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From Rob Weir <>
Subject Re: Mailing list user migration: Staging and volunteers
Date Wed, 26 Oct 2011 00:50:50 GMT
On Tue, Oct 25, 2011 at 6:43 PM, Andrew Rist <> wrote:
> On 10/25/2011 2:43 PM, Rob Weir wrote:
>> On Tue, Oct 25, 2011 at 5:36 PM, Kay Schenk<>  wrote:
>>> On Tue, Oct 25, 2011 at 2:30 PM, Rob Weir<>  wrote:
>>>> A quick summary of where we are, in case you haven't been following
>>>> the previous threads.
>>>> Information on the top 100 legacy mailing lists is on the wiki [1].
>>>> A draft note that will be sent to these lists is an another page [2].
>>>> If you note in that first page, the "Migration Owner" column is blank.
>>>>  So either I need to quickly learn French, Dutch and Japanese, or I
>>>> need some help here.
>>>> Volunteers would translate the note, send it to the relevant NL lists,
>>>> and be available on those lists to answer any migration-related
>>>> questions.  Ideally you would already be a participant on the lists
>>>> and familiar to that community.
>>>> As for staging, I'd recommend that we do not do this all at once.
>>>> Migrating 100 lists at once would be very messy.  But we can easily
>>>> break this down into related groups of lists and do the migration over
>>>> a few weeks.  One possible staging would be:
>>>> 1) All the lists that will be merged into the new ooo-marketing list.
>>>> This will help jump start that lists important work, and bring
>>>> community members into the discussion who might not have been
>>>> interested in the other topics we've been discussing on ooo-dev.
>>>> 2) All of the lists that will be merged into ooo-dev
>>>> 3) All of the lists that will be merged into ooo-users
>>>> 4) NL lists (which could be done in parallel with the above.  However,
>>>> they will require some discussion and admin work to create new
>>>> ooo-lang lists,)
>>>> The thought behind this staging is that we "work out the kinks" with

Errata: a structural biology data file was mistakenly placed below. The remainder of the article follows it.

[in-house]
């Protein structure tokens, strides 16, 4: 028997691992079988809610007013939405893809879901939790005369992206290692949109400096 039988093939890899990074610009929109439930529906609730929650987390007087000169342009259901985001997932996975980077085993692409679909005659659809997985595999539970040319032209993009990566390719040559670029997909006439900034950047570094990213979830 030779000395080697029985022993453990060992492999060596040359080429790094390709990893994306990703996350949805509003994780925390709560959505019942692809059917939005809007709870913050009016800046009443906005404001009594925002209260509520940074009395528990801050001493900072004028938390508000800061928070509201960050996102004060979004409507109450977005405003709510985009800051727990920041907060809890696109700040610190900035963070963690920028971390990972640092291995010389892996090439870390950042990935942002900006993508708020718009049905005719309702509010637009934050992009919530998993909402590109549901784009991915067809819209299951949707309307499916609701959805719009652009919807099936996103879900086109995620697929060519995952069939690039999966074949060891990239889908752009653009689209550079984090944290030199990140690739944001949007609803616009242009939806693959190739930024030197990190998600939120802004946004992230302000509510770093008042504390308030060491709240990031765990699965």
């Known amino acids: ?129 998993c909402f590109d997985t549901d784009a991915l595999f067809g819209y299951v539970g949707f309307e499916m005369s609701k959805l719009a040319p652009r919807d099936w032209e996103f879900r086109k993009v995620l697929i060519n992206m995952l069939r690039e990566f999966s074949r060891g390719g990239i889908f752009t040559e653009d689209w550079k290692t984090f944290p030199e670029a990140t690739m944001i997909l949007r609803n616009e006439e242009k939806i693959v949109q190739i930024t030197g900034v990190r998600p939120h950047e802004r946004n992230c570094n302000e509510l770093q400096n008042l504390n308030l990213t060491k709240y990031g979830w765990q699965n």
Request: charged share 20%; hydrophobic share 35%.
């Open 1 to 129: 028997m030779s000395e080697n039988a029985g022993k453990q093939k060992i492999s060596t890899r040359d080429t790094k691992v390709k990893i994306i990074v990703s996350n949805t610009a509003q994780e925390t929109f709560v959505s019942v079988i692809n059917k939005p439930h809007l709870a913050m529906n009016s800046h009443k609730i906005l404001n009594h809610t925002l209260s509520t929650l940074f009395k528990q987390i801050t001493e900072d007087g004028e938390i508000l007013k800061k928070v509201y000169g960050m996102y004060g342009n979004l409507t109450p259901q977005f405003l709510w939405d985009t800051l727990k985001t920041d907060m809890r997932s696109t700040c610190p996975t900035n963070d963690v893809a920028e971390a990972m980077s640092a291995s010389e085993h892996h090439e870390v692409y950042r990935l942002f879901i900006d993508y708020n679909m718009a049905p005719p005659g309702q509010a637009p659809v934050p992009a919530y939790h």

>>>> the more technical and (hopefully) more forgiving project lists,
>>>> before moving on to the user and NL lists.  We can adjust the
>>>> instructions and messaging based on what we learn from the initial
>>>> migrations.
>>>> Regards,
>>>> -Rob
>>> Have the "new" NL lists been setup already? I may have missed that and I
>>> haven't look at any jira tix.
>> No NL lists yet, except for Japanese.  We need moderator volunteers
>> before we can request them.
>> Process for getting a new mailing list created is here:
>> Probably makes sense to start with the largest NL communities first?
> Have we considered having a list for 'un-represented languages'?
> If a user does not find their language, where do they go?  Posting to the
> English list or ooo-dev in another language is frowned on.
> This is a bootstrapping question.
> Where can a community go to say that they exist, have a need, and would like
> to create a list.

There are some words of wisdom in the Committer's FAQ [1] regarding user lists:

"WARNING: the creation of a user mail list can be a very dangerous
thing for a community if the developers don't pay attention to their
users and if users don't have developers that reply to their emails.
Sure, active developers should expect a well behaving user community
to reply to one another for simple questions, but this doesn't happen
overnight and the creation of a user mail list alone can turn into a
very harmful change."

So I think we would want to consider on each request whether we have
sufficient interest to have a self-supporting user support community.
Having an existing committer who speaks the language is great.  Having
a number of power users is also good.  But having users asking
questions and getting no answers --- that would reflect poorly on the

That said, I have absolutely no idea how would determine this for a
new list.  For existing lists I think we can look at the archives and
see how much traffic they are getting, whether questions are being
answered, etc.  But if someone requests a Klingon list, how do we know
if there is a sufficient community behind it?

As for where to ask, I think that is ooo-dev by default, and the
request would need to be made in English or some other language that
we can figure out how to translate.


I think that would be ooo-dev, in a language that

ooo-dev is essentially the central list for the project, in terms of
announcements, posting project-wide proposals, etc.

> I understand we don't want to create dead lists, and don't want to create a
> list that cannot be self sustainable,
> but it seems like there is a gap here for bringing in new communities.
>>>> [1]
>>>> [2]
>>> --
>>> ---------------------------------------------------------------------------------------
>>> MzK
>>> "This is no social crisis
>>>  Just another tricky day for you."
>>>                 -- "Tricky Day", the Who
> --
> Andrew Rist | Interoperability Architect
> OracleCorporate Architecture Group
> Redwood Shores, CA | 650.506.9847

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